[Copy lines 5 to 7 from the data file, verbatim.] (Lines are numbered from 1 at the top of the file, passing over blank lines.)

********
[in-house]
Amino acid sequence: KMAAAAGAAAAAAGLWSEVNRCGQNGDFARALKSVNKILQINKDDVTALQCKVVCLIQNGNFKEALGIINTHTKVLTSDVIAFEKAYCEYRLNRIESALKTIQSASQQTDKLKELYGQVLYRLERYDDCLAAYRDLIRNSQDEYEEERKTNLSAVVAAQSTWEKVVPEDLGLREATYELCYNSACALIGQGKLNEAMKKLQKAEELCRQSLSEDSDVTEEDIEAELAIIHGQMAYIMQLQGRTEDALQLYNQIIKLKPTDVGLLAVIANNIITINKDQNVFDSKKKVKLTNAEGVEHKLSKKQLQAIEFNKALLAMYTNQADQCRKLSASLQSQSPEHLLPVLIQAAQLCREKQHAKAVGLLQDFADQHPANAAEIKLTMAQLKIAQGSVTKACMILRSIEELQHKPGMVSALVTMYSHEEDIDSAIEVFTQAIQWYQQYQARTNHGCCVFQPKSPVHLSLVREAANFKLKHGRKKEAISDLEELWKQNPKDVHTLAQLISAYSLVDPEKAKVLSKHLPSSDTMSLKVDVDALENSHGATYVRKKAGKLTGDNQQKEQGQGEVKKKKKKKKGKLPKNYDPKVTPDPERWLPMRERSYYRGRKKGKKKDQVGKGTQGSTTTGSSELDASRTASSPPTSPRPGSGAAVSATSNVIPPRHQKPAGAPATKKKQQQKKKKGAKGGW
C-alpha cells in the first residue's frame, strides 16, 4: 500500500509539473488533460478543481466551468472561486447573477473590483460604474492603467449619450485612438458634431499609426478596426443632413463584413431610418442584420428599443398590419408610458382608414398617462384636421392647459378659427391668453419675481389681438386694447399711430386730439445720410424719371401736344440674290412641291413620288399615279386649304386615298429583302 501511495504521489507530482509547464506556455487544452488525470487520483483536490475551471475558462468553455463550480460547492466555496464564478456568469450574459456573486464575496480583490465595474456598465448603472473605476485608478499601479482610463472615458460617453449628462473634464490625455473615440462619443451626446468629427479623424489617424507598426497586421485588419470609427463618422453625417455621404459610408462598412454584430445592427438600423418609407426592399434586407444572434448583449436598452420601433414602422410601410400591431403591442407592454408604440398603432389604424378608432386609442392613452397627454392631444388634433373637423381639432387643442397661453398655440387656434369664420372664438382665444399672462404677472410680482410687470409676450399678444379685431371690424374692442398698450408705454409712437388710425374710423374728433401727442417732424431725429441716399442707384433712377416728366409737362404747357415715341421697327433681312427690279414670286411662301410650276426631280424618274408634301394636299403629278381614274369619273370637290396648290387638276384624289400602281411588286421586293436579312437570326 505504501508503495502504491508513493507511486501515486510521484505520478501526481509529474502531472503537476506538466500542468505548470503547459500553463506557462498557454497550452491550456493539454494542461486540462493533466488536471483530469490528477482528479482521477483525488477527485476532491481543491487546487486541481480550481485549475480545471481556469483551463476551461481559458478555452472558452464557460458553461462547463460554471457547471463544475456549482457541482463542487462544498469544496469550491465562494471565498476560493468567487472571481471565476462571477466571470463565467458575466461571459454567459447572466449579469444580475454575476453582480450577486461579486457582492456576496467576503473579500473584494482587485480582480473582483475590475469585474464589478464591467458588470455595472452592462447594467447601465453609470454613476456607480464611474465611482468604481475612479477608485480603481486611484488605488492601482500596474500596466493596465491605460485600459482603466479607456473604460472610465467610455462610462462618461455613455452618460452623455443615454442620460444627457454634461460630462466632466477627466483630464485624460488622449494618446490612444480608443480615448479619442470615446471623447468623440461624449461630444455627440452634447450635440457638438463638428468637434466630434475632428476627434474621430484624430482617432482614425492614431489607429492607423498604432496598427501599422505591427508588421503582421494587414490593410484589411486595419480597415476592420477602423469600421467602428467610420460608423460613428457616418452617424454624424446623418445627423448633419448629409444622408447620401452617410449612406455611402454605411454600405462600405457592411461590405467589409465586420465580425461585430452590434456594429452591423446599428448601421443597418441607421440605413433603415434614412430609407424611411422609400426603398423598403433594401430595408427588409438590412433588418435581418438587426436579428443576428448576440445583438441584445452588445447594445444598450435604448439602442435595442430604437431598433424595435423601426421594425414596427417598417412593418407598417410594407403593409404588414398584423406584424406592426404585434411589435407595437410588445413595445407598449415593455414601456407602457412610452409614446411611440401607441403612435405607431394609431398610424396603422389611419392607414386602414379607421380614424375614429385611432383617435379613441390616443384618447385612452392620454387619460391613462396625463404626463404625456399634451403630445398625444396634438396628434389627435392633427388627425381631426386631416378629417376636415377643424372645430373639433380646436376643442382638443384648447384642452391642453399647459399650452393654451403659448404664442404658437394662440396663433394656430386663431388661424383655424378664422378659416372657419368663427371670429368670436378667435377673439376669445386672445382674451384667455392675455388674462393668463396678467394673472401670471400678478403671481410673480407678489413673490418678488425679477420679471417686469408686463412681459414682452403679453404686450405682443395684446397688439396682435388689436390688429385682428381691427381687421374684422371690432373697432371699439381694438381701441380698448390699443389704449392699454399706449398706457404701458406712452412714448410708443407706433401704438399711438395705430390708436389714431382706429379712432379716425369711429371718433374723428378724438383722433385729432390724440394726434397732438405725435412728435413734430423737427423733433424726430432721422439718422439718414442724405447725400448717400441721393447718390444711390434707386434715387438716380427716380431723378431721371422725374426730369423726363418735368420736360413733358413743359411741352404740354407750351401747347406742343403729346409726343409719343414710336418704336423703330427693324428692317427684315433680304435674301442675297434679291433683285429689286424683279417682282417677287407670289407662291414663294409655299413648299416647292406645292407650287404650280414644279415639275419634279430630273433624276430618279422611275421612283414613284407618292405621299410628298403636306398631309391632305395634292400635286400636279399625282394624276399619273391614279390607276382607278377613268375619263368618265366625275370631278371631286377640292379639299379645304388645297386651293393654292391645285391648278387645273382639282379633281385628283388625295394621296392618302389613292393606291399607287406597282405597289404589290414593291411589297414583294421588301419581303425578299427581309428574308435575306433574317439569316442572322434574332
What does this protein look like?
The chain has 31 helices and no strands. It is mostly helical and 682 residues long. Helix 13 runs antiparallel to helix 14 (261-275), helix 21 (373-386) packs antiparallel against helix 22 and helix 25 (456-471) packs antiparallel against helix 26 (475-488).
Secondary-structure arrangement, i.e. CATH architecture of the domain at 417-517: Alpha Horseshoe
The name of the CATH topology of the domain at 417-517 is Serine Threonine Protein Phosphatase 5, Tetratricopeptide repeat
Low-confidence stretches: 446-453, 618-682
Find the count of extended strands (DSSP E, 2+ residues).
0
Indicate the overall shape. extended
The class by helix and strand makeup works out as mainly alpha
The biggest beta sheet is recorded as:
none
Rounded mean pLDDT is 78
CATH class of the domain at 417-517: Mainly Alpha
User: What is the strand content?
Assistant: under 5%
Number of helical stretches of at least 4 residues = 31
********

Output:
The chain has 31 helices and no strands. It is mostly helical and 682 residues long. Helix 13 runs antiparallel to helix 14 (261-275), helix 21 (373-386) packs antiparallel against helix 22 and helix 25 (456-471) packs antiparallel against helix 26 (475-488).
Secondary-structure arrangement, i.e. CATH architecture of the domain at 417-517: Alpha Horseshoe
The name of the CATH topology of the domain at 417-517 is Serine Threonine Protein Phosphatase 5, Tetratricopeptide repeat